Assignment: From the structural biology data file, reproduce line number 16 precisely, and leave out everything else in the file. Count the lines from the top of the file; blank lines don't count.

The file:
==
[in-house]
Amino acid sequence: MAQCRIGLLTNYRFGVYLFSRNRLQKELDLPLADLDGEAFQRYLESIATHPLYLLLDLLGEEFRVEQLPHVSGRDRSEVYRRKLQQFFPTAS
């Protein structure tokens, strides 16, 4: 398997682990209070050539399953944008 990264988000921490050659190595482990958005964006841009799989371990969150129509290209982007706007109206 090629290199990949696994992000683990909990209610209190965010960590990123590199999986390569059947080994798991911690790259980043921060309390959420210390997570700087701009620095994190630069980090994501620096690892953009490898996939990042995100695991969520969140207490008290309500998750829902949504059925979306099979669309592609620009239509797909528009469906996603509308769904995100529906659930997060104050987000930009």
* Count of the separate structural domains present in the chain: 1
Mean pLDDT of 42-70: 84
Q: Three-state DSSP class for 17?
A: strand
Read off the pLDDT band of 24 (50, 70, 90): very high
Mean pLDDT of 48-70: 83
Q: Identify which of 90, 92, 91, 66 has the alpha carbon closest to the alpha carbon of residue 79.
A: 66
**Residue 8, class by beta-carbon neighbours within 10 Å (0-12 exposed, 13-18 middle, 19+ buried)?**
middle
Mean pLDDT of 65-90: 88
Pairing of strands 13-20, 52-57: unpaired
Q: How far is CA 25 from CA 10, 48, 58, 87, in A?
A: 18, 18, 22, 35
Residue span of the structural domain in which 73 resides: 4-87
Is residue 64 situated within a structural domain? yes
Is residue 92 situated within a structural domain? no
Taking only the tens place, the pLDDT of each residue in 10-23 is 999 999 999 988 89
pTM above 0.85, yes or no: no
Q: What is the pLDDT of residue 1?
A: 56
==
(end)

Q: How far is CA 25 from CA 10, 48, 58, 87, in A?